Sometimes getting away from home helps us realize what’s going on at home. A trip to the Windy City—Chicago—unexpectedly served this purpose. It was a trip of planes, trains and automobiles and a whole lot of wind and snow. My daughters and I, plus a very young granddaughter, traveled to Chicago to attend a baby shower for my niece.
We arrived naïve to the weather, excited about the expectation of snow. We thought we were ready for a big adventure until actually venturing out onto the streets. The cold was beyond description. It was brutal, painful and constant. I worried about my granddaughter in her stroller being whipped by wind. We made it about a half a block from our hotel before ducking into a shop. From there we wove through other shops to get to the mall where all thoughts of weather quickly disappeared.
That evening after dinner, with the baby snug and warm in bed, one of my daughters and I decided to walk to Lake Michigan, which was only a few blocks away. It was bitterly cold and just beginning to snow but to native Californians it was enchanting. We took pictures, FaceTimed home and generally acted like kids. Hurrying back to the hotel to escape the cold, we talked about the people whom we had seen on the streets earlier in the day and who appeared to be homeless, and we wondered how they managed in the harsh weather that was such a novelty to us. Where did they go at night? Who cared for them?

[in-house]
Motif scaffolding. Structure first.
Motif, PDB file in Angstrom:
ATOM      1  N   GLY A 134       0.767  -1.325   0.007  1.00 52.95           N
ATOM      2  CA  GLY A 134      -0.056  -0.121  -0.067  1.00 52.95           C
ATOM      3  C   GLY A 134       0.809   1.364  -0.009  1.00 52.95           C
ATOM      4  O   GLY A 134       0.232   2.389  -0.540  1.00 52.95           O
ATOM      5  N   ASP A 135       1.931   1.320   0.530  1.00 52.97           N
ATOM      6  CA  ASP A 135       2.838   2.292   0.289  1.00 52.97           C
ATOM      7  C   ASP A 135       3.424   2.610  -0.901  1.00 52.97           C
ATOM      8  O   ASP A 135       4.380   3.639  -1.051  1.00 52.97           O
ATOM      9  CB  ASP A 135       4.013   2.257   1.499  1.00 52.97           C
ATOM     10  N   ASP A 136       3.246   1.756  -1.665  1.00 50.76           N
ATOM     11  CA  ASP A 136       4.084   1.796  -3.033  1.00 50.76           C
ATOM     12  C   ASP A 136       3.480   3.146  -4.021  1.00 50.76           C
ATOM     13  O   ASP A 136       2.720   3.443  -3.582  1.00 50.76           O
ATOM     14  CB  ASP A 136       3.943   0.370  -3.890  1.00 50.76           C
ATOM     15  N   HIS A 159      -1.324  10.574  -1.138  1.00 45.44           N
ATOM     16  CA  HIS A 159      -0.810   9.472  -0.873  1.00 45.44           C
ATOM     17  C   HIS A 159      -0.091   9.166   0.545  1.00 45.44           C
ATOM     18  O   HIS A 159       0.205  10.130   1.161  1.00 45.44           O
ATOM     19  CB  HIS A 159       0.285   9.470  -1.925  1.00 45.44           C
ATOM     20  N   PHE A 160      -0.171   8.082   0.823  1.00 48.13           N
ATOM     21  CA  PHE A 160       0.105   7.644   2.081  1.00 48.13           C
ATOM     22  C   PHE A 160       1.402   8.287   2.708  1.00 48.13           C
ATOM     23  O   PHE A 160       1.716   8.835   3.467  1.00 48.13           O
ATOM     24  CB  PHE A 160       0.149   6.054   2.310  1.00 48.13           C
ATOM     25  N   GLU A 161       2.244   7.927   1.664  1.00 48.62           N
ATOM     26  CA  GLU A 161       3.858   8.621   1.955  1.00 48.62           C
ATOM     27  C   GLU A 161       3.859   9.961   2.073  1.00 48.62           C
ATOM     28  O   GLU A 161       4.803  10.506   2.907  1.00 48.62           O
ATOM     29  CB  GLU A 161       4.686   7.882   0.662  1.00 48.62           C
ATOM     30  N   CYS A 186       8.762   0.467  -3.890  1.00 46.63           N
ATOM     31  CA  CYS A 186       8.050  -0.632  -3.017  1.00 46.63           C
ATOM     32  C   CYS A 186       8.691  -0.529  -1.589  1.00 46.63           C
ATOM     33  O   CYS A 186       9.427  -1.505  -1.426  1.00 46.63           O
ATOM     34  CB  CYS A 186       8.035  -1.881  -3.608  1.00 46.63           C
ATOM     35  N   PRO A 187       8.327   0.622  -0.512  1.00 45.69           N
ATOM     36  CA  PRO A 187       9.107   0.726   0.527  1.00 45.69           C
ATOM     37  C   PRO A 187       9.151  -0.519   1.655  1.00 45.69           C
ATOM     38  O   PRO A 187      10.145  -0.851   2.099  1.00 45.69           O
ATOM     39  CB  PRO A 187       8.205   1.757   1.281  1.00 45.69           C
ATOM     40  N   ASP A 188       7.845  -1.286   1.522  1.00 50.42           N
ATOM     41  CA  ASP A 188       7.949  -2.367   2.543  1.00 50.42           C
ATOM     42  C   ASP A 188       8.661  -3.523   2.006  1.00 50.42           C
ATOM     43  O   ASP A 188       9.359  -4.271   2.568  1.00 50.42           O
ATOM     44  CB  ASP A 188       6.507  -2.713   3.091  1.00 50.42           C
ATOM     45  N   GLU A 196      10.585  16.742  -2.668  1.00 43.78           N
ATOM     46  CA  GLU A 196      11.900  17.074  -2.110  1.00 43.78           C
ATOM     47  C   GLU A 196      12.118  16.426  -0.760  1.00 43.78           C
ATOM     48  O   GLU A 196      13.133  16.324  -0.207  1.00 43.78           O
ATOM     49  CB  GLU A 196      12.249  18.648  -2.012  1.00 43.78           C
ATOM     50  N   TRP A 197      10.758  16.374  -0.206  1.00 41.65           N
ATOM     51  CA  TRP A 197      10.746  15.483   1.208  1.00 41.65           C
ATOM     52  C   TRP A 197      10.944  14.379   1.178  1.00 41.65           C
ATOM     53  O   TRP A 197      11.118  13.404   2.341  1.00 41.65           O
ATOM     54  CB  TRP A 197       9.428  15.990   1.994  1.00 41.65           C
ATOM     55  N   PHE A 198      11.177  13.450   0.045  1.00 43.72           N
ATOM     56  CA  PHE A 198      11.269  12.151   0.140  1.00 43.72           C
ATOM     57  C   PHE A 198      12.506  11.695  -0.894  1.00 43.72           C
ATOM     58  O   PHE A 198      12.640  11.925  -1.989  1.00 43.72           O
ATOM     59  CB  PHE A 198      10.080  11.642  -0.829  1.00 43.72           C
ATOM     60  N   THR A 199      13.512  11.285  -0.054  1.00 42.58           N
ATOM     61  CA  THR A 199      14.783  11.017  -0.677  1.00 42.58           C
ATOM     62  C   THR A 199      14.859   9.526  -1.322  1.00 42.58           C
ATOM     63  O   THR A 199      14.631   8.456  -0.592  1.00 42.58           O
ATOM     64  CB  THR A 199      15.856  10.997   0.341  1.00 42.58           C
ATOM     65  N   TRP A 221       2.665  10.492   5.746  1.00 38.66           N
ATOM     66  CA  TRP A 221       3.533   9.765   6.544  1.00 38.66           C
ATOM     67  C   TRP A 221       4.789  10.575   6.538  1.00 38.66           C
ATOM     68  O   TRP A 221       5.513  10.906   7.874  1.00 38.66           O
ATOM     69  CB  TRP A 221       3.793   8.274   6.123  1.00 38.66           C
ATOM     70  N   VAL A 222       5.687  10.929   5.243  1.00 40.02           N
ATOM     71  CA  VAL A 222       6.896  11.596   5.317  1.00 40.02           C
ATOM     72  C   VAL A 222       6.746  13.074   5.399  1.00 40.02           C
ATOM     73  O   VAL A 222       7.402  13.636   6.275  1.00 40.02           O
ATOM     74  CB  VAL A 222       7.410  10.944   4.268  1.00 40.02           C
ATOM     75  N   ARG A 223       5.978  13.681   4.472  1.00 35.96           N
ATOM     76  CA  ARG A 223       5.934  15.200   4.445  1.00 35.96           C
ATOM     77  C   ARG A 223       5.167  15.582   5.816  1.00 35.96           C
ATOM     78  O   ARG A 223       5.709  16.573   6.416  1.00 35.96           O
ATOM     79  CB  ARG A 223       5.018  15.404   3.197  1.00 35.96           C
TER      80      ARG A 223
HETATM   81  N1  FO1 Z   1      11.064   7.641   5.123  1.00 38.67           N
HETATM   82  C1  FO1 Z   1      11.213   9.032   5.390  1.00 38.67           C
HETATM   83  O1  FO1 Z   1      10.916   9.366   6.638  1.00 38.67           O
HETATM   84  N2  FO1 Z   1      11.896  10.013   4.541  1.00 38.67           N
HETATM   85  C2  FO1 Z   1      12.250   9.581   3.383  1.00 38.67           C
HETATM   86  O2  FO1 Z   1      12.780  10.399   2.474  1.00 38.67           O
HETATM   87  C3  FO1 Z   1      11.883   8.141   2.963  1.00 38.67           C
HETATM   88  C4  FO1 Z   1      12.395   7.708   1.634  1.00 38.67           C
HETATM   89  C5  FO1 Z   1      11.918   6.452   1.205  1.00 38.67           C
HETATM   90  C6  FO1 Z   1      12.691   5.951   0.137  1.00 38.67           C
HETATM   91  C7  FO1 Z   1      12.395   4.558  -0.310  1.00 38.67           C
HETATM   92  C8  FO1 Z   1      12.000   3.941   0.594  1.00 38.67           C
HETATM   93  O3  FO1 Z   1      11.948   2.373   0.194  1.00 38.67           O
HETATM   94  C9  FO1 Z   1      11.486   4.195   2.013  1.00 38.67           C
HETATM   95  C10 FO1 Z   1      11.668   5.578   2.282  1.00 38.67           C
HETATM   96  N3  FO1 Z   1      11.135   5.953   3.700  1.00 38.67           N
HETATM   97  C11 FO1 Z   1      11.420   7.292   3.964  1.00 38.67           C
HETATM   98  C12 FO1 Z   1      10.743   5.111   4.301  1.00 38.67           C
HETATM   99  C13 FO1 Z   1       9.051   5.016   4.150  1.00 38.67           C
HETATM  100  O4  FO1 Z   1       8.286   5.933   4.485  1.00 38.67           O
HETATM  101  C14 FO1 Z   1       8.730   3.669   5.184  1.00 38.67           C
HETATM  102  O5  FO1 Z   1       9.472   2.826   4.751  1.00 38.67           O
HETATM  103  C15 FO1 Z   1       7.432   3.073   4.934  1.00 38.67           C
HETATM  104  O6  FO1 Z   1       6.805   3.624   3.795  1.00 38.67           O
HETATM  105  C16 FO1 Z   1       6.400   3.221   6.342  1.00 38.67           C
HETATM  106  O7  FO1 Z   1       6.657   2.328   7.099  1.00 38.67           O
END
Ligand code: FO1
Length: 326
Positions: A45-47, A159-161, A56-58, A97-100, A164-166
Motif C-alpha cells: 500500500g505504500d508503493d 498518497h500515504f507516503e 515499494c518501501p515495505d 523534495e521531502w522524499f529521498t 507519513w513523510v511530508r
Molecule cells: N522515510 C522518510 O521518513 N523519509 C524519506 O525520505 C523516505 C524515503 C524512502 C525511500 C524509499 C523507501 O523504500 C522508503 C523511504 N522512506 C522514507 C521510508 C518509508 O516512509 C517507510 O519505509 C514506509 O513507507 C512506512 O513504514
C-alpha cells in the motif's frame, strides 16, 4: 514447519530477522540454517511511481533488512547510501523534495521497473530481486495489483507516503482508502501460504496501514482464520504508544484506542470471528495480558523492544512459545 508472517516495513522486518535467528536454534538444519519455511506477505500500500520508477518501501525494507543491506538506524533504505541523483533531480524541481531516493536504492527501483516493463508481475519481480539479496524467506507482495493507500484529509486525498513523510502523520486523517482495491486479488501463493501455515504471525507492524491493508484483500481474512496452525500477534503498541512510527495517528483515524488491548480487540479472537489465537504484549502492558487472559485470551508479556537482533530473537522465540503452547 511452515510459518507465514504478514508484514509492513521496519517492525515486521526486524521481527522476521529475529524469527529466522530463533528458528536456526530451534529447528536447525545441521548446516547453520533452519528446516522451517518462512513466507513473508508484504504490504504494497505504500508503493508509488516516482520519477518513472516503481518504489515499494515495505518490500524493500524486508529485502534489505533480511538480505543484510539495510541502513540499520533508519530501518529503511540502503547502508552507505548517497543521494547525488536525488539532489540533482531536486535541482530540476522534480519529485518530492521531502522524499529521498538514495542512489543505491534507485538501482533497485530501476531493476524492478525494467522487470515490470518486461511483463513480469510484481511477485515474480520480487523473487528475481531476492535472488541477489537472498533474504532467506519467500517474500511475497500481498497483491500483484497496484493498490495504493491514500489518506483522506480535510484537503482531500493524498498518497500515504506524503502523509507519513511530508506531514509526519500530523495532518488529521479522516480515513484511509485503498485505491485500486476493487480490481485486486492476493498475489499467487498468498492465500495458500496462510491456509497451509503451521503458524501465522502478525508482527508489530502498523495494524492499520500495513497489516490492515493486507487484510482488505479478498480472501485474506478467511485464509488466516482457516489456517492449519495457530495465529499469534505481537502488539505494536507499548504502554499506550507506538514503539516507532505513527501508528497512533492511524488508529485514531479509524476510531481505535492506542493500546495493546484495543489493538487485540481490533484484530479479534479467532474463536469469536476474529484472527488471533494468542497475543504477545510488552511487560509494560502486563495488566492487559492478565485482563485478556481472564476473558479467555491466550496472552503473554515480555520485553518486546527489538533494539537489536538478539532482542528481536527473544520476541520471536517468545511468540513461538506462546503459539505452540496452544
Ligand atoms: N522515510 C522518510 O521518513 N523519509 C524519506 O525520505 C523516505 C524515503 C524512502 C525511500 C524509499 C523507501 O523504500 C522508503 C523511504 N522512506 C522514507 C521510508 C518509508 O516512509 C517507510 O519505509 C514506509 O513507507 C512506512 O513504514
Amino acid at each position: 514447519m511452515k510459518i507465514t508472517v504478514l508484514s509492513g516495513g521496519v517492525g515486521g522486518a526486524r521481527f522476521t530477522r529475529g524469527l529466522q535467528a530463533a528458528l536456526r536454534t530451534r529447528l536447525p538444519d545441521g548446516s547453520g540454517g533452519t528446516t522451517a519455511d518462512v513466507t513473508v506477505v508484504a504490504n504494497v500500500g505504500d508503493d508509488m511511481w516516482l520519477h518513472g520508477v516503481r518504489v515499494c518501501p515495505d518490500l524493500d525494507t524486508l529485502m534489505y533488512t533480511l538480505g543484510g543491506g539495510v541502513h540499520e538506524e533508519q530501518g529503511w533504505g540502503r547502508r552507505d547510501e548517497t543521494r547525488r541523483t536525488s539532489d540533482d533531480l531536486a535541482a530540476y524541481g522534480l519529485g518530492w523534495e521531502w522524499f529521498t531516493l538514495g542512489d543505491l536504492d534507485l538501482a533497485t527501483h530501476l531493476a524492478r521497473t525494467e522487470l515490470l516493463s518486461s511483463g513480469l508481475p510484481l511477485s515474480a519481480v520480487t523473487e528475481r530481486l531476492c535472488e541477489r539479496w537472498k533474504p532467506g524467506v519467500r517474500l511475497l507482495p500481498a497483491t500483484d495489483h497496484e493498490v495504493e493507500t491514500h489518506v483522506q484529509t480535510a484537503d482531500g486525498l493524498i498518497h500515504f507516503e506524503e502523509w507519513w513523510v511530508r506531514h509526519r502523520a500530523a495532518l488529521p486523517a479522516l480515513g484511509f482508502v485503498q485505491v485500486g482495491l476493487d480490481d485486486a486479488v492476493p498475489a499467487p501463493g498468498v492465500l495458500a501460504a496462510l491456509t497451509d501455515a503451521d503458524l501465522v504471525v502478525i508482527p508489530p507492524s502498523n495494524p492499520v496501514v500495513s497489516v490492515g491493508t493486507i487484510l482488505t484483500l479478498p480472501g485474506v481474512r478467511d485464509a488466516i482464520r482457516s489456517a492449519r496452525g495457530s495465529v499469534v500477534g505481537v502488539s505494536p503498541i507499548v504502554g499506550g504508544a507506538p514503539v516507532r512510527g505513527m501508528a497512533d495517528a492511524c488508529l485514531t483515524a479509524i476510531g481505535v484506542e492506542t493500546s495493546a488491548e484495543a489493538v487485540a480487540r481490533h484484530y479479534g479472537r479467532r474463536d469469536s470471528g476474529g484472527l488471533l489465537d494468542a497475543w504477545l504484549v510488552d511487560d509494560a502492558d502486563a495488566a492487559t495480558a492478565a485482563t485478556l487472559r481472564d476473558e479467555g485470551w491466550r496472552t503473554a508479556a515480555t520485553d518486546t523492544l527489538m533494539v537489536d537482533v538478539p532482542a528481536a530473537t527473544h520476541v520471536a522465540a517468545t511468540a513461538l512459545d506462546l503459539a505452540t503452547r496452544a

Chicago has a large population of people living on the streets. They do not have the comfort of multiple pieces of warm apparel or the promise of a hotel room. The realization took a bit of the bloom off our rosy adventure, and rightfully so. The next day we ventured out onto the streets with a new awareness of the men and women sitting inside malls and shops with their belongings alongside them doing their best to keep warm. We wondered again what happened at night when the shops, the malls and other public places closed.
Looking into information about homelessness in Chicago, I learned that as of July, 2013 there were approximately 116,042 people classified as homeless, up 10% from the previous year and predicted by officials to rise again in the coming year. I also learned that you can call Chicago City Services at 311 and be transferred to a Homeless Prevention Center which is housed and operated by none other than Catholic Charities, which offers services in multiple languages. A quick Google search revealed similar Catholic Charities programs in many parts of the country, including Los Angeles.
The trip to Chicago, while a chance to connect with family and experience the beauty of the city, brought home the struggles of a population often ignored. We moved within a radius of only a few blocks in our four days in the city, yet the disparity of life experiences was profound. There were obviously poor people on the streets along with men, women and children in the finest and warmest winter gear. There were magnificent hotels, every high-end shop imaginable, loads of restaurants and most likely many who had little to eat and inadequate clothing for the harsh climate.
This is not unique to Chicago. It is also a description of Los Angeles—poverty in the shadow of luxury. The weather-related difficulties made us more aware of the situation. It shook us out of our complacent suburban comfort zones and gave us a better appreciation of the work of Catholic Charities. We cannot change the homeless situation in Chicago, but we can do more to help here in Los Angeles. Next time there is an appeal from Catholic Charities to support their work here in Los Angeles, we will take it more seriously.
Anne Hansen is Regional Director for IVC Los Angeles and has written a column for the Tidings newspaper for many years (nearly 20)—Family Time. She co-authored Culture-Sensitive Ministry (Paulist Press, 2010) and offers workshops and retreats throughout the Archdiocese of Los Angeles.